- Substituting in to CD = SR, and doing some basic algebra, we can get to R(D^2-S) = D(D-1). Since everything is an integer, R must be a factor of D(D-1).
- Consider all S(S-1)/2 pairs of distinct symbols. Any such pair can occur on at most one card, because if a pair occurred on more than one card, those two cards would share both of those symbols in common. Since every card has D(D-1)/2 distinct pairs of symbols,
we have the constraint that CD(D-1)/2 <= S(S-1)/2. With some basic algebra I believe this simplifies to (D-1)(R-D)(R-1) <= 0. This implies that R <= D, unless D = 1. And in the latter case, any size deck is possible (all cards have just the same single symbol), so that case is trivial and so setting those aside we get further that D >= 2 and R <= D.
So to summarize, excluding trivial and vacuous solutions, it seems that for any D >= 2 the potentially-possible deck sizes are of the form:
C = 1 + D(R-1)
where R is a factor of D(D-1) within the range [1,D].
So then we can build a little table of potentially-possible deck sizes:
For D = 2: 1(R=1), 3(R=2)
For D = 3: 1(R=1), 4(R=2), 7(R=3)
For D = 4: 1(R=1), 5(R=2), 9(R=3), 13(R=4)
For D = 5: 1(R=1), 6(R=2), 16(R=4), 21(R=5)
For D = 6: 1(R=1), 7(R=2), 13(R=3), 25(R=5), 31(R=6)
For D = 7: 1(R=1), 8(R=2), 15(R=3), 36(R=6), 43(R=7)
For D = 8: 1(R=1), 9(R=2), 25(R=4), 49(R=7), 57(R=8)
However, while all of these are potentially-possible given the conditions above, I don't know whether they are actually possible, or whether it turns out that there are other problems that can arise when attempting to actually construct a deck of that size.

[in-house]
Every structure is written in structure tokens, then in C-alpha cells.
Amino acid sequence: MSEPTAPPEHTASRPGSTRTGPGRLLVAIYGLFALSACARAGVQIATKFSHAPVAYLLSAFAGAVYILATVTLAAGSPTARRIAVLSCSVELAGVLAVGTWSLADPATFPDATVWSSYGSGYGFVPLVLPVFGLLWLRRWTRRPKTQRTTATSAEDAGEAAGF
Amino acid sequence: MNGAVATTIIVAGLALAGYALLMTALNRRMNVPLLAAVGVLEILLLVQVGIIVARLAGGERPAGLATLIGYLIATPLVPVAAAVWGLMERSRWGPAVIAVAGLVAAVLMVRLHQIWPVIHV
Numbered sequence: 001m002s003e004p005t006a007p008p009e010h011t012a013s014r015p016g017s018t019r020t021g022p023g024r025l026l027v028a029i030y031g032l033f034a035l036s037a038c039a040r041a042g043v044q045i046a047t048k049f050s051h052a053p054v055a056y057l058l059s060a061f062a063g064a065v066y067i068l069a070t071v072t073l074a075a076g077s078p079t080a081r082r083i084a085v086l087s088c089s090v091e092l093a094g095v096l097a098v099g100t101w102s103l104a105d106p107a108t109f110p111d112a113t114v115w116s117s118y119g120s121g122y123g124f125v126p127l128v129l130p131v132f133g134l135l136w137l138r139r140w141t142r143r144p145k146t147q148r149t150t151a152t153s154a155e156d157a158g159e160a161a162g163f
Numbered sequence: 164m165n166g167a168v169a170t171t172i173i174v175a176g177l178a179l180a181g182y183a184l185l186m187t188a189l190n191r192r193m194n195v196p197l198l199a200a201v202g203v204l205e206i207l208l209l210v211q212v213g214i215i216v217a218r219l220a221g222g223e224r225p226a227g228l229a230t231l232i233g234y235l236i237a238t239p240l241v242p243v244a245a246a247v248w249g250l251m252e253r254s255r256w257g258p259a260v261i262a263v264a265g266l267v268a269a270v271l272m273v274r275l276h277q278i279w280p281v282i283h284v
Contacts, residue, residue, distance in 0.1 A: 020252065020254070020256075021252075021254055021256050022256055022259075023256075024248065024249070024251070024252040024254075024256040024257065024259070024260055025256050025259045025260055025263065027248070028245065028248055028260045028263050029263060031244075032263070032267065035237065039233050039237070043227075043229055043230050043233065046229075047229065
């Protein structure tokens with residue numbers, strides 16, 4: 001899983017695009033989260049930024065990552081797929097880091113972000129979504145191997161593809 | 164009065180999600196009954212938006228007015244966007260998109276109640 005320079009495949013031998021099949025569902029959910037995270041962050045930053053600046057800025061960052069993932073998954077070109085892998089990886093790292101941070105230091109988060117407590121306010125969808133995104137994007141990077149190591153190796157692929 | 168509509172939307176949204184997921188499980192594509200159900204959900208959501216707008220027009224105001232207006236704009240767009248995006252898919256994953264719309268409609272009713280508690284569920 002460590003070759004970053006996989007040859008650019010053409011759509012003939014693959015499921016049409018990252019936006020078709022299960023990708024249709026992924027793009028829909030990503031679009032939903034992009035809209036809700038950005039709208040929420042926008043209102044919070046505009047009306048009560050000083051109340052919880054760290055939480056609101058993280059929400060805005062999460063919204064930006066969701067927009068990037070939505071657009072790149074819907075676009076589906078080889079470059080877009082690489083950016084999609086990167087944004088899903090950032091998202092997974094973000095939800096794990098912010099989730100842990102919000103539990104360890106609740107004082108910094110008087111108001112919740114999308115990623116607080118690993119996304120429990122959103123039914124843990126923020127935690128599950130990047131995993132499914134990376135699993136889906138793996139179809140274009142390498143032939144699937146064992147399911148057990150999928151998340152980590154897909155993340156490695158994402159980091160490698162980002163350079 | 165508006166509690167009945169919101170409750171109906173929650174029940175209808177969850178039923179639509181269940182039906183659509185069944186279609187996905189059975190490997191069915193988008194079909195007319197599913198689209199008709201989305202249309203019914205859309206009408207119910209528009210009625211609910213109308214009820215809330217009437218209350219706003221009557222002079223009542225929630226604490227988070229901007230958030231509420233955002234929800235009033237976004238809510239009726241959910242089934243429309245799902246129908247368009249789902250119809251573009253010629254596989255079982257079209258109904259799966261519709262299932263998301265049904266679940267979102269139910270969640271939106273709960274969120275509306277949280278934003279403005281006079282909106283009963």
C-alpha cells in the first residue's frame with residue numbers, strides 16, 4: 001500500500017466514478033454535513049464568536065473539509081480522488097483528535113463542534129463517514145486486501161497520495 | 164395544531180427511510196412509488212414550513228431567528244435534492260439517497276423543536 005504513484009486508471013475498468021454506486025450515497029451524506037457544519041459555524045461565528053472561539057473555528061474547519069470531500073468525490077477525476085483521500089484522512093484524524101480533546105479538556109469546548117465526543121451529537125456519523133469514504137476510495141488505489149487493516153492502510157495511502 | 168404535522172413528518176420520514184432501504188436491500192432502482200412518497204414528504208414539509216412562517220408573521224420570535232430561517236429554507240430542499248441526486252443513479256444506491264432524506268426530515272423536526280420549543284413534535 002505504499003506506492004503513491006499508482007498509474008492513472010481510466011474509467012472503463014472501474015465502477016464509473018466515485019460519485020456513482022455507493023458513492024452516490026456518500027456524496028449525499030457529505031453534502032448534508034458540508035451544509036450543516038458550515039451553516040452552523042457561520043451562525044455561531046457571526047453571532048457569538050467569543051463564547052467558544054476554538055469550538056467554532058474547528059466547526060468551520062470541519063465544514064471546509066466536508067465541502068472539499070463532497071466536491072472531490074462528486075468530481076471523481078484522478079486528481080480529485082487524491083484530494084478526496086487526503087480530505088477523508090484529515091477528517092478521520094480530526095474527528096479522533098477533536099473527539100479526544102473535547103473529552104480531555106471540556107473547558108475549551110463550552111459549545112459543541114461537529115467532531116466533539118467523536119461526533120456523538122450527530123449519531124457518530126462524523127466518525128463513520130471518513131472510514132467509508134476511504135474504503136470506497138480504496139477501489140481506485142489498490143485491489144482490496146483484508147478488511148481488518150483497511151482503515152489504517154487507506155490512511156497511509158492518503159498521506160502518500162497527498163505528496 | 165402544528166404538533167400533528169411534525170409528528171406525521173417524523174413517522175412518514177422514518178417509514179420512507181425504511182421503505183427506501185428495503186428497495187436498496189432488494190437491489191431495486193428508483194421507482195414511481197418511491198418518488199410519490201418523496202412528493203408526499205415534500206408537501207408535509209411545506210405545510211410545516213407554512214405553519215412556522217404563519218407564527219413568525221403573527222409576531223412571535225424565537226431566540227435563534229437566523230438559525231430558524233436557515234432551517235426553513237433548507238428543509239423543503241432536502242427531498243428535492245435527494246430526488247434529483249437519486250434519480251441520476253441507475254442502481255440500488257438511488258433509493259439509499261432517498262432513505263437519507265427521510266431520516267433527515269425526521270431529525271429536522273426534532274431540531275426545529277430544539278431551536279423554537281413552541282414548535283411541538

Clearly all the cases where R=1 are possible - single card deck where the single card has D symbols. And R=2 is always possible - just use the "complete graph" construction that multiple people in this thread have mentioned.
I think that the projective plane constructions from Flumble's links shows that all the cases in the above table where R=D are possible whenever D is a prime power plus one. By excluding all points on a single projective line, I think we can also get that all the cases where R=D-1 are possible when D is a prime power plus one, although I haven't thought through that carefully to make sure.
But there are a lot of cases remaining. Is it possible to construct decks for the R=D and R=D-1 cases in the above table when D is one more than a number that isn't a prime power? Such as (D=7, R=6, 36 cards) or (D=7, R=7, 43 cards). And how about the intermediate cases, like (D=6, R=3, 13 cards), or (D=7, R=3, 15 cards)? I haven't tried yet to manually construct decks for these cases.
Curious to see if anyone else can come up with constructions for some of these cases, or if anyone sees any additional general solution classes or any additional constraints that can be used to rule out some more of the possibilities in that table.
That's about where I'm at now!